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Amadeus Unbound

From Indian improv to Glenn Gould footage, the once-moribund "Mostly Mozart" festival shows extremely encouraging signs of life.

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Magdalena Kozena at Avery Fisher Hall.   

Only a couple of seasons ago, Mostly Mozart seemed doomed. The populist mandate (and inexpensive tickets) that made the festival such a success back in the sixties had long expired, the orchestra had begun to sound stodgy and demoralized, the programming was getting all too predictable, and audiences were finding other things to do in August. The whole thing could have been left to die a natural death, but big halls like Avery Fisher abhor a vacuum at any time of year, and a way had to be found to beef up good old Amadeus.

Luckily, its organizers have come up with a creative solution, and now “Mostly Mozart”—running though August 28—is exuding health and optimism. A glance at the festival’s final two weeks promises events that would have been unthinkable in the old days. Beginning on Monday, a four-part film series at the Walter Reade Theater will feature rare footage of great pianists, past and present, playing the music of Mozart and other composers: Emil Gilels, Evgeny Kissin, Martha Argerich, Rudolf Serkin, Maurizio Pollini, Arturo Benedetti Michelangeli, Solomon, and Glenn Gould, to name a few legendary ones. The Mark Morris Dance Group performs at the State Theater on August 19 and 21—and even if there’s no Mozart on the program, Morris fans are bound to be intrigued by what the choreographer will do with seven Monteverdi madrigals. Mozart does indeed meet modern dance on August 25, 27, and 28 at La Guardia Concert Hall, when Anne Teresa De Keersmaeker’s Ensemble Rosas performs dances based on a number of the composer’s choicest concert arias.

“Kozena’s voice seemed a trifle colorless for this deeply expressive music.”

“Mostly Mozart” goes out on its longest limb on the penultimate night of the festival, when music director Louis Langrée juxtaposes the composer’s Requiem with performances by Ghazal, an ensemble that plays Persian and Indian improvisations on the Indian sitar and tabla and Iranian kamancheh. Incorporating world music with Mozart’s quintessentially classical style may seem like a stretch, but fascination with the East was a very real phenomenon in the composer’s day, and musical influences from that part of the world often did creep into many composers’ scores in the late eighteenth century. Perhaps there are other parallels to be found as audiences look to make connections on their own. In any case, the evening is unlikely to be dull.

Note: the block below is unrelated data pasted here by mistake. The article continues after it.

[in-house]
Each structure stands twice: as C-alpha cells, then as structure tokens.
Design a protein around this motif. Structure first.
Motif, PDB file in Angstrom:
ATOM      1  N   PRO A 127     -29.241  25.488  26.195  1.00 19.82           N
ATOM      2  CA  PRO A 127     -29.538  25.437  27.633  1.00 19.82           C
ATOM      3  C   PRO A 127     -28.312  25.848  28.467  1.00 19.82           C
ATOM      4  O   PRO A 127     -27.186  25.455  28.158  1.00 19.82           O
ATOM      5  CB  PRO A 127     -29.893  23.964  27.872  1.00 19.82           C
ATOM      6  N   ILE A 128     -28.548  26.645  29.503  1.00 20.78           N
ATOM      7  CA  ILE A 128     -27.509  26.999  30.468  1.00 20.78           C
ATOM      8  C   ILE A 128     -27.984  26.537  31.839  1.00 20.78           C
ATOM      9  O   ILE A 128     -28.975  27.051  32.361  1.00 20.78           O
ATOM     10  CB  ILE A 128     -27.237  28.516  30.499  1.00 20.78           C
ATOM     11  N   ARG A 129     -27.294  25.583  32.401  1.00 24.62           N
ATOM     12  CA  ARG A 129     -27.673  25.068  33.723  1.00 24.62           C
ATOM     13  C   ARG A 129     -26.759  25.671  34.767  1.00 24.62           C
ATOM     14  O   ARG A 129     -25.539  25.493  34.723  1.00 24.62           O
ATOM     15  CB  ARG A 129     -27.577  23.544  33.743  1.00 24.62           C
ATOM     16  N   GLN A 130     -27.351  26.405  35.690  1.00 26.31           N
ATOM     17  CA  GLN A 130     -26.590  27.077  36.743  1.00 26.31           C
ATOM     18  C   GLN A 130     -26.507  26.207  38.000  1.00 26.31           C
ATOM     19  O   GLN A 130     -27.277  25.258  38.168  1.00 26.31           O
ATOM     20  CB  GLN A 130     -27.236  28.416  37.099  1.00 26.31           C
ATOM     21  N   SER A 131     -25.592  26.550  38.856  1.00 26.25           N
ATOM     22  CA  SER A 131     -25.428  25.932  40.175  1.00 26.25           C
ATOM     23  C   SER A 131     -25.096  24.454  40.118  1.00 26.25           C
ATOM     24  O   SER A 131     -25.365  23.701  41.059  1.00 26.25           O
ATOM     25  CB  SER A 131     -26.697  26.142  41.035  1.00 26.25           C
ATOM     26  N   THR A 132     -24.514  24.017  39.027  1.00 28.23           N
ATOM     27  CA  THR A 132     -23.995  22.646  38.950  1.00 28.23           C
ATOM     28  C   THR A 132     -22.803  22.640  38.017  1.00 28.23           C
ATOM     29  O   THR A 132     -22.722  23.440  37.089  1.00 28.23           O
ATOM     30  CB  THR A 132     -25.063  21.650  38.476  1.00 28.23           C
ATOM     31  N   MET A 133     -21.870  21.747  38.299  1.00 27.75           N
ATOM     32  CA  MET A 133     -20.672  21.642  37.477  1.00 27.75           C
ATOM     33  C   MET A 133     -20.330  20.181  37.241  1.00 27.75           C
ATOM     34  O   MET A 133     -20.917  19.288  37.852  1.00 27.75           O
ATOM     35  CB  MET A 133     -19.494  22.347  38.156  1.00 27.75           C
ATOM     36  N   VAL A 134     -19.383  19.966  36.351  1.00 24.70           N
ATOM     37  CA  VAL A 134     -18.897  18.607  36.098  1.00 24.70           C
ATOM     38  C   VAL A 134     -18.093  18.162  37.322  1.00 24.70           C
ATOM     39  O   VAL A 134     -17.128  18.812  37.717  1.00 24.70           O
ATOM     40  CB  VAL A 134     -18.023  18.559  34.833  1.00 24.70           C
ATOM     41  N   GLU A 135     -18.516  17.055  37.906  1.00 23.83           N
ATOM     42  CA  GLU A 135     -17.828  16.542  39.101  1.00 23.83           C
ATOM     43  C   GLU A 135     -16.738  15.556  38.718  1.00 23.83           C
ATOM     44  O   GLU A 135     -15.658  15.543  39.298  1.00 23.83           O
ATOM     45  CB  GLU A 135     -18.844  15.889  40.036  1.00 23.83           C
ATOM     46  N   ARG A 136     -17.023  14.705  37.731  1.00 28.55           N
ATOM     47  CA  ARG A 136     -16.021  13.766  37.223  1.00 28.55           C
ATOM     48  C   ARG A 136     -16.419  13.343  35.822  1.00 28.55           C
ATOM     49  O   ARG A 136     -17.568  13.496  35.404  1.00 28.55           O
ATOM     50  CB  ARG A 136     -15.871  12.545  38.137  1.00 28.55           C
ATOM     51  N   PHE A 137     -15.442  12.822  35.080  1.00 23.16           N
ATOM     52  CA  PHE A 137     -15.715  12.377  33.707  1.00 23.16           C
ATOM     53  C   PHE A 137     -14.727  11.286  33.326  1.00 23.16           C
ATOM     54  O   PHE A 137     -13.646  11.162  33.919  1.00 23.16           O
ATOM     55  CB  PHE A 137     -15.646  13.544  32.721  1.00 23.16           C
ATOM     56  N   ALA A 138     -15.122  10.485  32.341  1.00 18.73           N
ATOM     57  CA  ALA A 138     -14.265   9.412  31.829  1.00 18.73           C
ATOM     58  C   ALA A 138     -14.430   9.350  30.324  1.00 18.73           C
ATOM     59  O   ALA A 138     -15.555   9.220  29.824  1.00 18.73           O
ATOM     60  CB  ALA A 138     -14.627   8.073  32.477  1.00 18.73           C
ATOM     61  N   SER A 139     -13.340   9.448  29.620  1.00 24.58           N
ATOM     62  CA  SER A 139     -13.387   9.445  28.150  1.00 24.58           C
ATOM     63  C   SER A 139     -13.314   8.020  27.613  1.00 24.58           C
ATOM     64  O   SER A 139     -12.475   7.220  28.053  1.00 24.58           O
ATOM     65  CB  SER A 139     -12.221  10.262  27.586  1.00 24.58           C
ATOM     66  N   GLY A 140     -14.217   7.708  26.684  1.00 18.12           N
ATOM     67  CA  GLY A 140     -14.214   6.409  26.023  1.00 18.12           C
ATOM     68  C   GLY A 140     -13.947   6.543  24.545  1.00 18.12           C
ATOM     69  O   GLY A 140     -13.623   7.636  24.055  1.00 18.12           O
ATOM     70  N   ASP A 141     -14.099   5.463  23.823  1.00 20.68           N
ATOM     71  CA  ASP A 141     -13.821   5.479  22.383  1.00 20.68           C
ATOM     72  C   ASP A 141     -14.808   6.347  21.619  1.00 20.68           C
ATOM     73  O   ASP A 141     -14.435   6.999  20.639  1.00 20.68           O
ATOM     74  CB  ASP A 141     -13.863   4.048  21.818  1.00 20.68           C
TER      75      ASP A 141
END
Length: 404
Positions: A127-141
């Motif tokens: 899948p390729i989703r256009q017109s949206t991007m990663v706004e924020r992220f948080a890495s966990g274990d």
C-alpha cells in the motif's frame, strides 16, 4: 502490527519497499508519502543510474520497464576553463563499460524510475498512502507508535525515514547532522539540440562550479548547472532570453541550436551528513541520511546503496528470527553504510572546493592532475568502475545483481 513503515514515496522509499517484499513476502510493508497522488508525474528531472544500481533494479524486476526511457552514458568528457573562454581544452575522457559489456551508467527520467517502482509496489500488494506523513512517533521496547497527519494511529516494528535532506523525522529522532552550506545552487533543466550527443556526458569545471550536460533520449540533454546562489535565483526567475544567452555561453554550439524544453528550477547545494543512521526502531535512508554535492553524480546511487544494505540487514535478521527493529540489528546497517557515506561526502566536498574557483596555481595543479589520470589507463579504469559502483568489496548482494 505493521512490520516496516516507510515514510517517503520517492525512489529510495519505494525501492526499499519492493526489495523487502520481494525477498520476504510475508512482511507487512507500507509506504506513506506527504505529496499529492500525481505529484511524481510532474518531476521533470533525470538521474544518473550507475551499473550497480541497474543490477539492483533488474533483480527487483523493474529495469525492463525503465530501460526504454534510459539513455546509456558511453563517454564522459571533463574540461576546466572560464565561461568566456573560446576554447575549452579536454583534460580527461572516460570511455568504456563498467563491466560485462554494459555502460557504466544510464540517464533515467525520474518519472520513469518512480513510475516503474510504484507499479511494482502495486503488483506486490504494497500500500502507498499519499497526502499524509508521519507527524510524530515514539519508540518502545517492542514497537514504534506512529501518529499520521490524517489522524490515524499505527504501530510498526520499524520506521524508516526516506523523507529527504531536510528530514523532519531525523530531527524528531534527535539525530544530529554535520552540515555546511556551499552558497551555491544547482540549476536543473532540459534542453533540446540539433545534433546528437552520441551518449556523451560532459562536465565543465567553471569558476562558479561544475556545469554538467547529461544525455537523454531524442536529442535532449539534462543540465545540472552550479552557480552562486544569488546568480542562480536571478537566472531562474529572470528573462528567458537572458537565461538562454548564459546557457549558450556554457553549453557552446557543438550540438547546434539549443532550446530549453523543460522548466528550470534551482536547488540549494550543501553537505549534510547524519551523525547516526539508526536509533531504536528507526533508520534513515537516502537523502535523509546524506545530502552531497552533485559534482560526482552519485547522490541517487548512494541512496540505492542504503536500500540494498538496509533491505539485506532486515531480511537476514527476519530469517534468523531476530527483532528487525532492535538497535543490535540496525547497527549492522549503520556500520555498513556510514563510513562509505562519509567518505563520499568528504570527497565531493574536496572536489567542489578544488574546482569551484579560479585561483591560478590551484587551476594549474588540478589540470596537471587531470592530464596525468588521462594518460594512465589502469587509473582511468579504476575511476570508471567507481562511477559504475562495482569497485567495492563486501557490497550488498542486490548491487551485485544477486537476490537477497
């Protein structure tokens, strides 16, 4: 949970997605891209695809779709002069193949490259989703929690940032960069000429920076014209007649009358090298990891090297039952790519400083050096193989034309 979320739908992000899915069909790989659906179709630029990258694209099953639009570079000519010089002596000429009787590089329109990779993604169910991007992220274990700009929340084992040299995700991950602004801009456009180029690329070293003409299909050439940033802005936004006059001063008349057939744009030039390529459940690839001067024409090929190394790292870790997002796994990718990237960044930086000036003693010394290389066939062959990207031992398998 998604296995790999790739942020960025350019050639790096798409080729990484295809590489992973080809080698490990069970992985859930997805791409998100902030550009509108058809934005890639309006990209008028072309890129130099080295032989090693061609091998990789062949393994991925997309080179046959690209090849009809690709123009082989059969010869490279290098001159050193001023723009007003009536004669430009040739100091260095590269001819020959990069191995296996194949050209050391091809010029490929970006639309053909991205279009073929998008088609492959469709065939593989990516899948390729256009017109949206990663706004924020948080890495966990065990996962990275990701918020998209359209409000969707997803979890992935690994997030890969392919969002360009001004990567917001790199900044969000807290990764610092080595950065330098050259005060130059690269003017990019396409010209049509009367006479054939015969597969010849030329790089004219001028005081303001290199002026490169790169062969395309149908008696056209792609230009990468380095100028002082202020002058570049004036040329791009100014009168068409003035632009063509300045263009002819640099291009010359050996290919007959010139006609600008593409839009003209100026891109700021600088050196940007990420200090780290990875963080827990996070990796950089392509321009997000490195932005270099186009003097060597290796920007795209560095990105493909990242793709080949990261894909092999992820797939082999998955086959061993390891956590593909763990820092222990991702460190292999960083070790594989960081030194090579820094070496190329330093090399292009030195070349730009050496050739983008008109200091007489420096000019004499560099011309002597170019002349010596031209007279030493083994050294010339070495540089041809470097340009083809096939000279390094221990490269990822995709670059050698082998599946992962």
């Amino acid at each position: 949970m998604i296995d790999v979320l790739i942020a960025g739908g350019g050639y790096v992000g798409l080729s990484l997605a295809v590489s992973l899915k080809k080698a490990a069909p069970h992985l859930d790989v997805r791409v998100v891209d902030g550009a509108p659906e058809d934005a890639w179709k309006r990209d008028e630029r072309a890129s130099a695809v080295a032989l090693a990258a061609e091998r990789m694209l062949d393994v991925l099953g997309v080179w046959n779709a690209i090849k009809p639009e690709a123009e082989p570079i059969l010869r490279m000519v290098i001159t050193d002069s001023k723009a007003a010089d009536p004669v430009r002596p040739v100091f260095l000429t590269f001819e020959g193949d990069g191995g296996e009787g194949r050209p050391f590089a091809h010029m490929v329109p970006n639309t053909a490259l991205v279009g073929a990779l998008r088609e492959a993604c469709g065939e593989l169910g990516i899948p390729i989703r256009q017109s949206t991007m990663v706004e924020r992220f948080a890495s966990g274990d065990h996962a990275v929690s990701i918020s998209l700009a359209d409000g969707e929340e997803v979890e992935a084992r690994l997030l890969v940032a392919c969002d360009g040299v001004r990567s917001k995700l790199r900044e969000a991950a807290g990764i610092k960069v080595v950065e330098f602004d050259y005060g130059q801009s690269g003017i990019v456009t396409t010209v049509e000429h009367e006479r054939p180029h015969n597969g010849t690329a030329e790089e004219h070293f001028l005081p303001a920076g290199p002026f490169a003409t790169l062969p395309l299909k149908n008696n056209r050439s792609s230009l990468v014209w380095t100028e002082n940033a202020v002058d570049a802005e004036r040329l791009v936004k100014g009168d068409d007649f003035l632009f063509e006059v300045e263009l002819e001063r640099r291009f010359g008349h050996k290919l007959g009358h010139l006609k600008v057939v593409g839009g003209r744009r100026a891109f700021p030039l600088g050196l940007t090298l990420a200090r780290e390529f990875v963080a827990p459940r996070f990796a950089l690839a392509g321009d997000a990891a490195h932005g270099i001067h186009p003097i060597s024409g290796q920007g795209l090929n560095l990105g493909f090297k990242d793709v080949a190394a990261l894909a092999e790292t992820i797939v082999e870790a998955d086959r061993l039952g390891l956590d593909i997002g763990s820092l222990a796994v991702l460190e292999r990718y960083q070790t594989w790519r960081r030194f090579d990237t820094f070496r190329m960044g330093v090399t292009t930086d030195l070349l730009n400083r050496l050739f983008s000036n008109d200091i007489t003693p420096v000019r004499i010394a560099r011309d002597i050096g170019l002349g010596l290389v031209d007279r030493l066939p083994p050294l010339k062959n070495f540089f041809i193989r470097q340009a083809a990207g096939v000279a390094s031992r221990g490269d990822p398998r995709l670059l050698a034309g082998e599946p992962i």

The central focus of “Mostly Mozart” continues to be the festival orchestra playing the music of its eponymous composer, and rightly so. The opening-night concert made that point explicitly with an all-Mozart program that included two of his most important works, the “Jupiter” Symphony and the Piano Concerto No. 24 in C minor, played by Yefim Bronfman, as well as an assortment of concert arias sung by mezzo-soprano Magdalena Kozena. Dozens of distinguished pianists have given memorable performances of the Mozart concertos at the festival over the years, and Bronfman’s elegantly turned, lyrically phrased interpretation joins the list. As for Kozena, she approached the arias with conscientious attention to musical detail, though her voice seemed a trifle colorless and stiffly managed for this deeply expressive music.

The real glory of the evening was Langrée’s bracing account of the “Jupiter” Symphony. The “Mostly Mozart” musicians use modern instruments, but a listener might well have mistaken the sound for that of a period orchestra, owing to Langrée’s preference for crisp articulation and a minimum of instrumental vibrato. The overall tempos were also unusually brisk, but the effect—especially in the finale, a miracle of five-part invertible counterpoint that would have dazzled even Bach—was never in danger of being garbled. Clearly this “Jupiter” was consciously conceived for modern tastes, and triumphantly played as such.


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